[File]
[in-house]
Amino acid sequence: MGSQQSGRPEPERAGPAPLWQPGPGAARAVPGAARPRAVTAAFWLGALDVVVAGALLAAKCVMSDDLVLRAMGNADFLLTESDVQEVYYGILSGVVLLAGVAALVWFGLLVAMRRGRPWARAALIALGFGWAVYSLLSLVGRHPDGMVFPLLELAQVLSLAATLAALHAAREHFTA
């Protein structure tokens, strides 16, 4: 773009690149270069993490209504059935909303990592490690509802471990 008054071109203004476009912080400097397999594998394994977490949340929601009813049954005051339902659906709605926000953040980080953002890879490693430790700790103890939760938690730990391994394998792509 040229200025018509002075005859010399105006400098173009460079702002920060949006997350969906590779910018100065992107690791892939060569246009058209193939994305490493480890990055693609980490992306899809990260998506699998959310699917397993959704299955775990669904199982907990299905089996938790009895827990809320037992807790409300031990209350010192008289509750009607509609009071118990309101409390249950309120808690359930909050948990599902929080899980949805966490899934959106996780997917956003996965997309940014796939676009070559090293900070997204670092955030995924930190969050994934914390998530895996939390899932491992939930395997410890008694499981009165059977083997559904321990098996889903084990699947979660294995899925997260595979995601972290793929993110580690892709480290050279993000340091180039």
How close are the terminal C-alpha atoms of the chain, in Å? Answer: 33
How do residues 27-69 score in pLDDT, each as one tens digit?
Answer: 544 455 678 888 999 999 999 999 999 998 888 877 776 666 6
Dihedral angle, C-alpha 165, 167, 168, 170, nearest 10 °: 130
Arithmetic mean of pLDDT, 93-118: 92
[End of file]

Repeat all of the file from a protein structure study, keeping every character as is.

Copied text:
[in-house]
Amino acid sequence: MGSQQSGRPEPERAGPAPLWQPGPGAARAVPGAARPRAVTAAFWLGALDVVVAGALLAAKCVMSDDLVLRAMGNADFLLTESDVQEVYYGILSGVVLLAGVAALVWFGLLVAMRRGRPWARAALIALGFGWAVYSLLSLVGRHPDGMVFPLLELAQVLSLAATLAALHAAREHFTA
């Protein structure tokens, strides 16, 4: 773009690149270069993490209504059935909303990592490690509802471990 008054071109203004476009912080400097397999594998394994977490949340929601009813049954005051339902659906709605926000953040980080953002890879490693430790700790103890939760938690730990391994394998792509 040229200025018509002075005859010399105006400098173009460079702002920060949006997350969906590779910018100065992107690791892939060569246009058209193939994305490493480890990055693609980490992306899809990260998506699998959310699917397993959704299955775990669904199982907990299905089996938790009895827990809320037992807790409300031990209350010192008289509750009607509609009071118990309101409390249950309120808690359930909050948990599902929080899980949805966490899934959106996780997917956003996965997309940014796939676009070559090293900070997204670092955030995924930190969050994934914390998530895996939390899932491992939930395997410890008694499981009165059977083997559904321990098996889903084990699947979660294995899925997260595979995601972290793929993110580690892709480290050279993000340091180039």
How close are the terminal C-alpha atoms of the chain, in Å? Answer: 33
How do residues 27-69 score in pLDDT, each as one tens digit?
Answer: 544 455 678 888 999 999 999 999 999 998 888 877 776 666 6
Dihedral angle, C-alpha 165, 167, 168, 170, nearest 10 °: 130
Arithmetic mean of pLDDT, 93-118: 92